In honor of Christmas in July - if you celebrate early like I do - here's a tutorial for making felt orange pomanders.
Ever stick whole cloves into an orange and then wonder if you'll ever get the feeling back in your fingertips ever again? Well, wonder no more. This pomander is easy to make and is also easy on the fingers.
Each one is about 3" (7-8cm) wide.
What you need:
orange wool (or wool blend) felt – one 9" x 12" (20x30cm) sheet makes 2 pomanders
orange stranded cotton embroidery thread – 2 strand lengths
wool yarn in dark brown tweedy colour
ribbon – 23cm
sewing or embroidery needles
tapestry needle with large eye for the yarn
Orange Pomander template
I used a vintage Patons Lanbswool 80 yarn that has lovely orangey flecks. It has been discontinued but this Keld tweed wool from Rowan knits is a great alternative for that clove look: http://www.knitrowan.com/yarns/rowan-tweed
You can machine or hand sew the wedges together, but stitches should be fairly close to the edges. Wool felt is strong enough to need very little seam allowance.
Download the template using the link in the materials list. To make one pomander ball, trace five of the wedge shapes onto felt and cut them out along the lines.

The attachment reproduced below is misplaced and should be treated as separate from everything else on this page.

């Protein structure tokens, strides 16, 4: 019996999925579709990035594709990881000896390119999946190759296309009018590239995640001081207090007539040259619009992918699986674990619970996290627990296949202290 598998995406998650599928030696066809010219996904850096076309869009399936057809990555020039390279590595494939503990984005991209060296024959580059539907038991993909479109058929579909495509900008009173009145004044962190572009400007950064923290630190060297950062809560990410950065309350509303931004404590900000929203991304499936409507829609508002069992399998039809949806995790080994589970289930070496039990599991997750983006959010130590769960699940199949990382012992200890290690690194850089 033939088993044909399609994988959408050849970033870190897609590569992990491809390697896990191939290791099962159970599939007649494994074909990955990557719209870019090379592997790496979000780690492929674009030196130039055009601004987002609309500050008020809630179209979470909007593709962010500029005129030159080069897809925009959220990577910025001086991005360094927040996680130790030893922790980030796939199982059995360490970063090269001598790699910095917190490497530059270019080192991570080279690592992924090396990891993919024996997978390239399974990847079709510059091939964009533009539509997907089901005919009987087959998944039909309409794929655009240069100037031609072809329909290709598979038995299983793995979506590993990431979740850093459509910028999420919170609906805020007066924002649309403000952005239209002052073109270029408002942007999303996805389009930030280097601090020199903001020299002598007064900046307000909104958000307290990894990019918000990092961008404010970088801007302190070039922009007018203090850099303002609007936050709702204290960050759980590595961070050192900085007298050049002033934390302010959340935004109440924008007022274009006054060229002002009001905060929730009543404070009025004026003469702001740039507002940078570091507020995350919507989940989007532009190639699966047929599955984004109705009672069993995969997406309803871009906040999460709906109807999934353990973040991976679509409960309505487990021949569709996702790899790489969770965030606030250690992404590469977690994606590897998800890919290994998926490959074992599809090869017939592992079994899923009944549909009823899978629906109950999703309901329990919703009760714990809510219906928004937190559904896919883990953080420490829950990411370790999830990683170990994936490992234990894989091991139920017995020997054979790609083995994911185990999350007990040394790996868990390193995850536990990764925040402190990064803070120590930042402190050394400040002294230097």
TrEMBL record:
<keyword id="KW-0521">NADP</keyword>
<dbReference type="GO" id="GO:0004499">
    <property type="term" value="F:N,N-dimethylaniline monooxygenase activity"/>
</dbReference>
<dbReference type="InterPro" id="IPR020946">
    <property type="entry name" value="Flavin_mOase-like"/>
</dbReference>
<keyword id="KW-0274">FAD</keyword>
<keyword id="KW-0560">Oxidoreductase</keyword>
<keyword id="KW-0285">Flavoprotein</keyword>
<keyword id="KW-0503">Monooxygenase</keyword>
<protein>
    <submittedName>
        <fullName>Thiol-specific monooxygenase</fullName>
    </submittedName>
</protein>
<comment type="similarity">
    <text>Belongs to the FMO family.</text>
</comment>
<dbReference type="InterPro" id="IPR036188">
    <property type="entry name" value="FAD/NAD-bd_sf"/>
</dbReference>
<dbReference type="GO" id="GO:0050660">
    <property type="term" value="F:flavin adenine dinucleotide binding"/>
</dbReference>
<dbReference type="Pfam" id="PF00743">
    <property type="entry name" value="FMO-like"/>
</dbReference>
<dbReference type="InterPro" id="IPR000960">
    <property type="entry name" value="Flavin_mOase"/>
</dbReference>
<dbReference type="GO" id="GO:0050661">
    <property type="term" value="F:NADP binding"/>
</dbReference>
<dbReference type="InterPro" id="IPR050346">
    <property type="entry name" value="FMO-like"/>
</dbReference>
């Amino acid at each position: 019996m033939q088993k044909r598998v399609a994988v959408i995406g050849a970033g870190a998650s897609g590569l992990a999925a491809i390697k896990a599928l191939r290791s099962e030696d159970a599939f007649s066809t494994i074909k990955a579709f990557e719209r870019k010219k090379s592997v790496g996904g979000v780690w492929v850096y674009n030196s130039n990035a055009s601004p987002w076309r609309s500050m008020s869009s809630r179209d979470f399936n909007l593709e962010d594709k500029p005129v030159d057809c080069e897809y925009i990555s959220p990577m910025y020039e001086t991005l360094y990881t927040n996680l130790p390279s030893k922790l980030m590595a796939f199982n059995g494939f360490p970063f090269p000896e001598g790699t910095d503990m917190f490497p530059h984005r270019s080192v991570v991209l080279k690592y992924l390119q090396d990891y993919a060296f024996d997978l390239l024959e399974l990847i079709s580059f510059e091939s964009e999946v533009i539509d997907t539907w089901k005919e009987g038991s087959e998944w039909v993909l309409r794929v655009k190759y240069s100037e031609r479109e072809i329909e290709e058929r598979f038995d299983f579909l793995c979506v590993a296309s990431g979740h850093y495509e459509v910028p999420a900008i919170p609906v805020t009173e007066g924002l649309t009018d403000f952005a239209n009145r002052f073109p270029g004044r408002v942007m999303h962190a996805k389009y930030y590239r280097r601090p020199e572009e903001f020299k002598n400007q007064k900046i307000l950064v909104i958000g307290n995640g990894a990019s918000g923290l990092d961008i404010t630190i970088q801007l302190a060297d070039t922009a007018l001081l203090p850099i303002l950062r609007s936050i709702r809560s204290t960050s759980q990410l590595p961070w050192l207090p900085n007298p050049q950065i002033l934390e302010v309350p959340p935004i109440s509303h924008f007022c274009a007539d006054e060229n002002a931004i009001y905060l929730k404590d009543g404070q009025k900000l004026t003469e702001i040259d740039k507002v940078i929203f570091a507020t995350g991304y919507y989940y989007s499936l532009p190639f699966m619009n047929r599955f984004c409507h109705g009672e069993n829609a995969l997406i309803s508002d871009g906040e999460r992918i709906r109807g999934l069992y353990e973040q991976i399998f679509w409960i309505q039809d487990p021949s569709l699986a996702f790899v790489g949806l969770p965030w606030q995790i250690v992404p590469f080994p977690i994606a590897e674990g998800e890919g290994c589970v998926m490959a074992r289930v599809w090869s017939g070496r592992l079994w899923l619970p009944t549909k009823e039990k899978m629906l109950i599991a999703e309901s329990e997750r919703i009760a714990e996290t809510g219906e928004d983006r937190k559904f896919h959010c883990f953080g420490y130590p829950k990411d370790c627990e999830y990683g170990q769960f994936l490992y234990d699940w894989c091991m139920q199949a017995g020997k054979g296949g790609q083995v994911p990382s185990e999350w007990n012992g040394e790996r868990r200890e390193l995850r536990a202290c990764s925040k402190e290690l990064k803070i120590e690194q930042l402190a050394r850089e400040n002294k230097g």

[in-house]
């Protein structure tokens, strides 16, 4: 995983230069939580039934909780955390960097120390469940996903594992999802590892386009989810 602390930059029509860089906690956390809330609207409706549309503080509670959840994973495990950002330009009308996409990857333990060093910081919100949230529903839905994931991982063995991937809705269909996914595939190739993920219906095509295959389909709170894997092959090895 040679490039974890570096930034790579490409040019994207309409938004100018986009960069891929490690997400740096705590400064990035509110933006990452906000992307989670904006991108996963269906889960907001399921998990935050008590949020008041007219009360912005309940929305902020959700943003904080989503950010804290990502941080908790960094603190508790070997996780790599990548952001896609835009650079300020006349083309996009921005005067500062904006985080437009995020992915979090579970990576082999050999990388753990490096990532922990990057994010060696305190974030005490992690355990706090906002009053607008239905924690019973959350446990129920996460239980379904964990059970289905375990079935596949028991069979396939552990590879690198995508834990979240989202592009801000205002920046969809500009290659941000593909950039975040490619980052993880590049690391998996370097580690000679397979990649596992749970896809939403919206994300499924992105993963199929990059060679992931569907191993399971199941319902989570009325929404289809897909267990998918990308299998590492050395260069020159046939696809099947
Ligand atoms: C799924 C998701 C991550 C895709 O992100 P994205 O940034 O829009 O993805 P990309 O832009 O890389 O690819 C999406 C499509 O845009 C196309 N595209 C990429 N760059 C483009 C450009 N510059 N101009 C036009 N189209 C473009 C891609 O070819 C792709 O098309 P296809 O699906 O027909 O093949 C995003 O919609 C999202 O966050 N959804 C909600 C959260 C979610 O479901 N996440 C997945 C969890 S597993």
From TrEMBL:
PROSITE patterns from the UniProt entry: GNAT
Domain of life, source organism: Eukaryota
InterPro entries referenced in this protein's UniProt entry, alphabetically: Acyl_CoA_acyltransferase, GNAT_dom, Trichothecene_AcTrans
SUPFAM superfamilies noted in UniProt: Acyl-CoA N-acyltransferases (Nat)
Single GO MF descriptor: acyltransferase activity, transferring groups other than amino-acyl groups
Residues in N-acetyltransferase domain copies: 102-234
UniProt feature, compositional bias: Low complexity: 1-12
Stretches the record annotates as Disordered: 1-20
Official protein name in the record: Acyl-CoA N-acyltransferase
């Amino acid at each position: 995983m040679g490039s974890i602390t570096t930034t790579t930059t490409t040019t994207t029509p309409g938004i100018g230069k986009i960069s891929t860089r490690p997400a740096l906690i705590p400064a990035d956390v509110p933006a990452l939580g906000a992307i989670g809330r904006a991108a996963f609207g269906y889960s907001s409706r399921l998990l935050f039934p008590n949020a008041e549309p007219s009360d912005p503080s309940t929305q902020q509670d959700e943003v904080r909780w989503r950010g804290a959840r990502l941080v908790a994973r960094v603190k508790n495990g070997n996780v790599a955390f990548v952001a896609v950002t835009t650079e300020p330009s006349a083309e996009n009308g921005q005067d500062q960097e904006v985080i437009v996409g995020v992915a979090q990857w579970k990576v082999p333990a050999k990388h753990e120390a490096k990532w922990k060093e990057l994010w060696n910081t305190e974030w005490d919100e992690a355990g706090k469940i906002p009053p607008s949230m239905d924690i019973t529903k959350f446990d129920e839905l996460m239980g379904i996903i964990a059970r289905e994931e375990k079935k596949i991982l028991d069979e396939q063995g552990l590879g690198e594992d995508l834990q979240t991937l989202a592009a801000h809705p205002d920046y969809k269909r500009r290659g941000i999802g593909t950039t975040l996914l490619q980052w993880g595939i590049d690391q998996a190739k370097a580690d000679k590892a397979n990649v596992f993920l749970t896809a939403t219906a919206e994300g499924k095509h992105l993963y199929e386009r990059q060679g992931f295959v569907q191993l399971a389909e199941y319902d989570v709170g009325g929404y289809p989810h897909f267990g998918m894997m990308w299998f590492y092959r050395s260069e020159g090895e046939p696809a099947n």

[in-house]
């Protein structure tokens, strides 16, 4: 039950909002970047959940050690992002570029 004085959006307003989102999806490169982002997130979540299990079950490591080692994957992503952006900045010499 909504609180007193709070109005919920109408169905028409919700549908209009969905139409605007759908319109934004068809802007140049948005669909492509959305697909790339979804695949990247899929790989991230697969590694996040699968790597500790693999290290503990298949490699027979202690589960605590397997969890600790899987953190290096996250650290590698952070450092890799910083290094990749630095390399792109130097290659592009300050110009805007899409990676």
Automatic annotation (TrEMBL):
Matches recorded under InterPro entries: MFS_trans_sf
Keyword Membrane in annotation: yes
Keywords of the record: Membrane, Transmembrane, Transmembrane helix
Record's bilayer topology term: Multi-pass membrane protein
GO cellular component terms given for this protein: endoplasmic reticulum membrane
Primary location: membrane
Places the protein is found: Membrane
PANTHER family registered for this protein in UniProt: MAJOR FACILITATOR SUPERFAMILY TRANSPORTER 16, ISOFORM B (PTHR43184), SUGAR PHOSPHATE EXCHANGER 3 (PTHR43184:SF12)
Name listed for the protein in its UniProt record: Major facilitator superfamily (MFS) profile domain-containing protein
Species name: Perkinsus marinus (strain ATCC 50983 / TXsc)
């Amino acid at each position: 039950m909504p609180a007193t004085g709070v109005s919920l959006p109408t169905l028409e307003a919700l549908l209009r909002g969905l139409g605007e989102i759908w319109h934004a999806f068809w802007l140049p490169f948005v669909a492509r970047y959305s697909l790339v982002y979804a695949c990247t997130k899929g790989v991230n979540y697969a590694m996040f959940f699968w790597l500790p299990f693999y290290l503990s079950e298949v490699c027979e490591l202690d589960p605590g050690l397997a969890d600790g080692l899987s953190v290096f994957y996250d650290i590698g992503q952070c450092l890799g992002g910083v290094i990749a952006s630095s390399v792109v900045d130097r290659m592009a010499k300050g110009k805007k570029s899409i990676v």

Stack two of the shapes, matching up the edges and points nicely. Stitch along one curved edge. Make another set of two stitched together. Leave the fifth wedge aside.
Now using a two-strand length of matching embroidery floss, stitch the two sets of two together to make a sewn set of four.
Pin the last wedge to an unsewn edge of the 'almost' ball shape and sew along the edge to attach. There should now be a sphere with an opening.
Fold the ribbon in half and insert the folded end into one end of the ball where the points meet. The ribbon raw ends should stick out of the ball by about 7mm or half an inch. Sew the ribbon into the ball by stitching down the last seam about an inch. Tie the thread off.
Sew the opening from the other end where the points meet again about an inch and tie off. This leaves a hole for turning and stuffing.
Turn the ball right sides out and stuff firmly.
Sew the opening closed using a ladder stitch.
Now we have to stick the cloves in the orange. The cloves are simply yarn french knots around the ball. The french knots can cover the ball or be arranged in patterns just like a real orange pomander. You can do this freehand or make little pen dots in the patterns you want.
At Christmas, hang them around the tree or on doorknobs. Leave out the ribbon and display them in a bowl with evergreen cuttings.
This pattern was originally in Handmade magazine, issue 35-6. It even made the cover along with my little star gnome and swedish heart ornaments.
So proud! Like little candies all boxed up!